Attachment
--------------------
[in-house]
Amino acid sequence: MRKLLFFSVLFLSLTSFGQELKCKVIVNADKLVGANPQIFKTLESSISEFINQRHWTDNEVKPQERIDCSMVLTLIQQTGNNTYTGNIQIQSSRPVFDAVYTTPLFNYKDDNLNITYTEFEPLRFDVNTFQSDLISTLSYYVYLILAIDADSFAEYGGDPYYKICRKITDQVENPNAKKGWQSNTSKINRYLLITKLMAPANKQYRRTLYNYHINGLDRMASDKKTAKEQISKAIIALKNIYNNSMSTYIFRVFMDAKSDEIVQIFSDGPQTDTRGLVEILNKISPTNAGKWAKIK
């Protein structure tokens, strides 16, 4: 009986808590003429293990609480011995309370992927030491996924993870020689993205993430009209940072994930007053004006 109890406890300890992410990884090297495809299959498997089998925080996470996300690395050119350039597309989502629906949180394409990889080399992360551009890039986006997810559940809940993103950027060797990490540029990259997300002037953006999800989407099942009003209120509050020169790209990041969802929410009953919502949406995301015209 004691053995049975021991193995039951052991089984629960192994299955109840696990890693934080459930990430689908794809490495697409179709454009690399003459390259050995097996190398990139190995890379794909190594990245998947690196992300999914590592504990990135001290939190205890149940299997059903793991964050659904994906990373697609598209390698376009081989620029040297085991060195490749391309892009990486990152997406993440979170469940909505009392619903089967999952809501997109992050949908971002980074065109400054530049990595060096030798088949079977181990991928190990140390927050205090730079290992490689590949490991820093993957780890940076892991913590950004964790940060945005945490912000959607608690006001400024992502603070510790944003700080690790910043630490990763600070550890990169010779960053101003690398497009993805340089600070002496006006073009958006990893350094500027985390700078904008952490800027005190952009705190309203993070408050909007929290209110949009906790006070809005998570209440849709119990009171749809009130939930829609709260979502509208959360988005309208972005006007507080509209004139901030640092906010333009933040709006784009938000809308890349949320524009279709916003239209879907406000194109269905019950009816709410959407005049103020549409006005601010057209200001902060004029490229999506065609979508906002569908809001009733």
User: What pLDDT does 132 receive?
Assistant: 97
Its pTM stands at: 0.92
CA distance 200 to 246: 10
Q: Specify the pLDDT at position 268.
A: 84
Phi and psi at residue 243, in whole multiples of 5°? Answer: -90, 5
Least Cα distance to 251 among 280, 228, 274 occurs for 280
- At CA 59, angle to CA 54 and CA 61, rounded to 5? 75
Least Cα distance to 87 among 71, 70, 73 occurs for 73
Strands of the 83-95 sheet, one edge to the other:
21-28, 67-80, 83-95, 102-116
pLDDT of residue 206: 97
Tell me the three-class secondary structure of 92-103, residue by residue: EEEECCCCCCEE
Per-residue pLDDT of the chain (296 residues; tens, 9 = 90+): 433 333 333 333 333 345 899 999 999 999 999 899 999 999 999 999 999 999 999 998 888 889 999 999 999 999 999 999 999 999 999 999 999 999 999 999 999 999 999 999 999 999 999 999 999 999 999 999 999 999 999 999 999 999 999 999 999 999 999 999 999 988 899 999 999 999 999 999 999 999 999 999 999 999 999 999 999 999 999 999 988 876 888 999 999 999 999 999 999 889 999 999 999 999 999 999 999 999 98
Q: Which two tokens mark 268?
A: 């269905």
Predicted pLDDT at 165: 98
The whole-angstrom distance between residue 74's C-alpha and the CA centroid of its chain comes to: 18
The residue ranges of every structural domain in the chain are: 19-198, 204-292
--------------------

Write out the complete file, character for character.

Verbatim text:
[in-house]
Amino acid sequence: MRKLLFFSVLFLSLTSFGQELKCKVIVNADKLVGANPQIFKTLESSISEFINQRHWTDNEVKPQERIDCSMVLTLIQQTGNNTYTGNIQIQSSRPVFDAVYTTPLFNYKDDNLNITYTEFEPLRFDVNTFQSDLISTLSYYVYLILAIDADSFAEYGGDPYYKICRKITDQVENPNAKKGWQSNTSKINRYLLITKLMAPANKQYRRTLYNYHINGLDRMASDKKTAKEQISKAIIALKNIYNNSMSTYIFRVFMDAKSDEIVQIFSDGPQTDTRGLVEILNKISPTNAGKWAKIK
């Protein structure tokens, strides 16, 4: 009986808590003429293990609480011995309370992927030491996924993870020689993205993430009209940072994930007053004006 109890406890300890992410990884090297495809299959498997089998925080996470996300690395050119350039597309989502629906949180394409990889080399992360551009890039986006997810559940809940993103950027060797990490540029990259997300002037953006999800989407099942009003209120509050020169790209990041969802929410009953919502949406995301015209 004691053995049975021991193995039951052991089984629960192994299955109840696990890693934080459930990430689908794809490495697409179709454009690399003459390259050995097996190398990139190995890379794909190594990245998947690196992300999914590592504990990135001290939190205890149940299997059903793991964050659904994906990373697609598209390698376009081989620029040297085991060195490749391309892009990486990152997406993440979170469940909505009392619903089967999952809501997109992050949908971002980074065109400054530049990595060096030798088949079977181990991928190990140390927050205090730079290992490689590949490991820093993957780890940076892991913590950004964790940060945005945490912000959607608690006001400024992502603070510790944003700080690790910043630490990763600070550890990169010779960053101003690398497009993805340089600070002496006006073009958006990893350094500027985390700078904008952490800027005190952009705190309203993070408050909007929290209110949009906790006070809005998570209440849709119990009171749809009130939930829609709260979502509208959360988005309208972005006007507080509209004139901030640092906010333009933040709006784009938000809308890349949320524009279709916003239209879907406000194109269905019950009816709410959407005049103020549409006005601010057209200001902060004029490229999506065609979508906002569908809001009733």
User: What pLDDT does 132 receive?
Assistant: 97
Its pTM stands at: 0.92
CA distance 200 to 246: 10
Q: Specify the pLDDT at position 268.
A: 84
Phi and psi at residue 243, in whole multiples of 5°? Answer: -90, 5
Least Cα distance to 251 among 280, 228, 274 occurs for 280
- At CA 59, angle to CA 54 and CA 61, rounded to 5? 75
Least Cα distance to 87 among 71, 70, 73 occurs for 73
Strands of the 83-95 sheet, one edge to the other:
21-28, 67-80, 83-95, 102-116
pLDDT of residue 206: 97
Tell me the three-class secondary structure of 92-103, residue by residue: EEEECCCCCCEE
Per-residue pLDDT of the chain (296 residues; tens, 9 = 90+): 433 333 333 333 333 345 899 999 999 999 999 899 999 999 999 999 999 999 999 998 888 889 999 999 999 999 999 999 999 999 999 999 999 999 999 999 999 999 999 999 999 999 999 999 999 999 999 999 999 999 999 999 999 999 999 999 999 999 999 999 999 988 899 999 999 999 999 999 999 999 999 999 999 999 999 999 999 999 999 999 988 876 888 999 999 999 999 999 999 889 999 999 999 999 999 999 999 999 98
Q: Which two tokens mark 268?
A: 């269905």
Predicted pLDDT at 165: 98
The whole-angstrom distance between residue 74's C-alpha and the CA centroid of its chain comes to: 18
The residue ranges of every structural domain in the chain are: 19-198, 204-292